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14 new IBEX data based research papers on Solar System’s boundary


Data obtained by NASA’s Interstellar Boundary Explorer (IBEX), a mission providing the most definitive analyses, theories and results about local interstellar space to date, was presented in fourteen new research papers published on October 20, 2015, in a special issue of the Astrophysical Journal Supplement (ApJS). The papers deal with the precise mapping of the boundary between the heliosphere and interstellar space, the temperature and composition of the interstellar wind and how it affects the heliosphere.  

IBEX was launched on October 19, 2008 to specifically study the physical conditions of interstellar space which surrounds our Solar System's boundary. Using energetic neutral atoms, instead of light photons, IBEX creates images and maps of the precise boundary where our heliosphere (magnetic bubble encasing the Solar System) interacts with interstellar space, and has continuously updated these maps over the past six years demonstrating even minor changes in these interactions with the passing of time. The spacecraft also measures the reverse flow of interstellar neutral atoms flowing into the Solar System.

IBEX Sky Map

Photo Credit: NASA Goddard Space Flight Center (via Flickr CC)

"Over the past six years, this fundamental work focused on our place in the Solar System has become the gold standard for understanding our Sun, our heliosphere and the interstellar environment around us,” said David McComas, principal investigator of the IBEX mission at the Southwest Research Institute, or SwRI, in San Antonio, Texas.

“Collectively, these studies, along with previously published papers related to the IBEX interstellar neutral observations, open a completely new window on the local interstellar environment, its composition, its properties, and the likely processes at work in the interstellar space around the Sun and in the heliospheric boundary region,” said McComas.

"We need to understand our heliosphere because it is our first shield against high-energy galactic cosmic rays and thus plays a big role in making our Solar System habitable," says Eberhard Möbius, lead author on one of the ApJS papers and professor of physics at the UNH Institute for the Study of Earth, Oceans, and Space (EOS) and department of physics.

 This image shows a sky map of neutral oxygen atoms (represented by the variously colored pixels) coming towards (foreground) the IBEX spacecraft from the boundary of our Solar System. The white dot represents the direction in which the Voyager I spacecraft is moving near the boundary of the heliosphere and interstellar space. Image credit: University of New Hampshire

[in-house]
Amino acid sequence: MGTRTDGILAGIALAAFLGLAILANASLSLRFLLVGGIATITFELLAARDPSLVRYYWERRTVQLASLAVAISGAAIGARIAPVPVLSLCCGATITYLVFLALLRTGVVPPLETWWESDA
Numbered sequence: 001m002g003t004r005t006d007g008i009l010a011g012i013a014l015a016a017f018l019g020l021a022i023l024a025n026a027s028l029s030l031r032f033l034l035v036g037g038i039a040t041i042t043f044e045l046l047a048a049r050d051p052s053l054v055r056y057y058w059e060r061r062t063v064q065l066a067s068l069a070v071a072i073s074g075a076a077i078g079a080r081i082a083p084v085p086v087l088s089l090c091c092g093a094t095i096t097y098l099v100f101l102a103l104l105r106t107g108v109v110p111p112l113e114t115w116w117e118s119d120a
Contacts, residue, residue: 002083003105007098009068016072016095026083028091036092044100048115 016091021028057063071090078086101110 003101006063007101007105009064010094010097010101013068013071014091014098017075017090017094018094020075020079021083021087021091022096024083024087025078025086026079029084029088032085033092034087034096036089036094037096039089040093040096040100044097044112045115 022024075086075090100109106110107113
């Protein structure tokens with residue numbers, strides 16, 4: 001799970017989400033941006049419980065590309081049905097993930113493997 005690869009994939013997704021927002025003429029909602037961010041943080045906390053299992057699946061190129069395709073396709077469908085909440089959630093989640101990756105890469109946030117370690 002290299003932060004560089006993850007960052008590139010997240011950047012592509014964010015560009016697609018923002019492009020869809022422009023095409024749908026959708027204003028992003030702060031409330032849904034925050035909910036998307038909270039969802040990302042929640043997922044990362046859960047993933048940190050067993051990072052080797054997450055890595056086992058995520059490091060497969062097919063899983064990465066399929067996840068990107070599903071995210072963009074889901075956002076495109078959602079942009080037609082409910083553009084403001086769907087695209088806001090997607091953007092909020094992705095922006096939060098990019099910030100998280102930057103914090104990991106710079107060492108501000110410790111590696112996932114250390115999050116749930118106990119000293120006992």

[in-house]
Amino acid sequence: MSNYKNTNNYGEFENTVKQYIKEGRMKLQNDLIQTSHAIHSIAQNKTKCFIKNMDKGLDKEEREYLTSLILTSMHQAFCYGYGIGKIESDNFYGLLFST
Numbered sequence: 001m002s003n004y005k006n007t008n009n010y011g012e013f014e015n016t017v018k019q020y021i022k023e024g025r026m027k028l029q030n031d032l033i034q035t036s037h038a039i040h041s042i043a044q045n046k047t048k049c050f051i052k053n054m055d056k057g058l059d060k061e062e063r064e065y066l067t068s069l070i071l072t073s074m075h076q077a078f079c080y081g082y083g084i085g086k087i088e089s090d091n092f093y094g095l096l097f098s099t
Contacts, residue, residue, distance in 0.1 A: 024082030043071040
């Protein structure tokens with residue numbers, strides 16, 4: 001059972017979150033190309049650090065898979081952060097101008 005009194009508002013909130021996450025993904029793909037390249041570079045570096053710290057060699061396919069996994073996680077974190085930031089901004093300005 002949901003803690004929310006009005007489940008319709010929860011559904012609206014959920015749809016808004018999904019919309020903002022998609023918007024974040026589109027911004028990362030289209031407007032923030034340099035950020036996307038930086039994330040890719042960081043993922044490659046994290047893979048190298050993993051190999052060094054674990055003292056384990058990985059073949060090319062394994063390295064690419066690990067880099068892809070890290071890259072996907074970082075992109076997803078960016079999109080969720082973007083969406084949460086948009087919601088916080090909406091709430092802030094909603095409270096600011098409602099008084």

After 6 years of continuous data collection, IBEX has discovered that interstellar wind is much hotter than what was previously described by the Ulysses spacecraft. This is very significant as speed, density, magnetic field and temperature determine the pressure exerted by the interstellar wind on the heliosphere. The quantum of this pressure determines the size and effectiveness of the heliosphere which shields us from high density cosmic radiation.

IBEX has also discovered a second interstellar wind component from the outer boundary of the heliosphere, a region where the Voyager spacecraft is currently present. A graphical representation can be viewed in the photo above. This secondary wind component is an important factor in the deformation of the heliosphere by the surrounding magnetic field which ultimately influences the way in which the heliosphere behaves as a protective shield. IBEX can make accurate measurements of this region as its onboard mass spectrometer can identify the different species of energetic neutral atoms which make up the second interstellar wind. IBEX has detected Helium and Oxygen as components of the second wind.

This animation shows how IBEX captures neutral atoms from beyond the boundaries of the Solar System to observe our local interstellar neighborhood. Credit: NASA Goddard's Conceptual Image Lab

From the 14 research papers, 8 papers cover the helium measurements in interstellar space taken by IBEX and the joint European Space Agency and NASA Ulysses spacecraft, which launched in 1990. 2 papers examine aspects of determining the composition of the various particles found in interstellar space, especially oxygen, helium, and neon, along with effectively measuring their levels in interstellar space. The last 4 papers discuss analysis techniques and related theoretical considerations, such as the effects of radiation pressure and how planetary gravity affects the way in  which energetic neutral atoms travel through the heliosphere.

"For a Small Explorer, the scientific output has been tremendous," said Eric Christian, IBEX mission scientist at NASA's Goddard Space Flight Center in Greenbelt, Maryland. "These 14 new papers seven years after launch show just how exciting a mission this is."

Featured image credit: NASA

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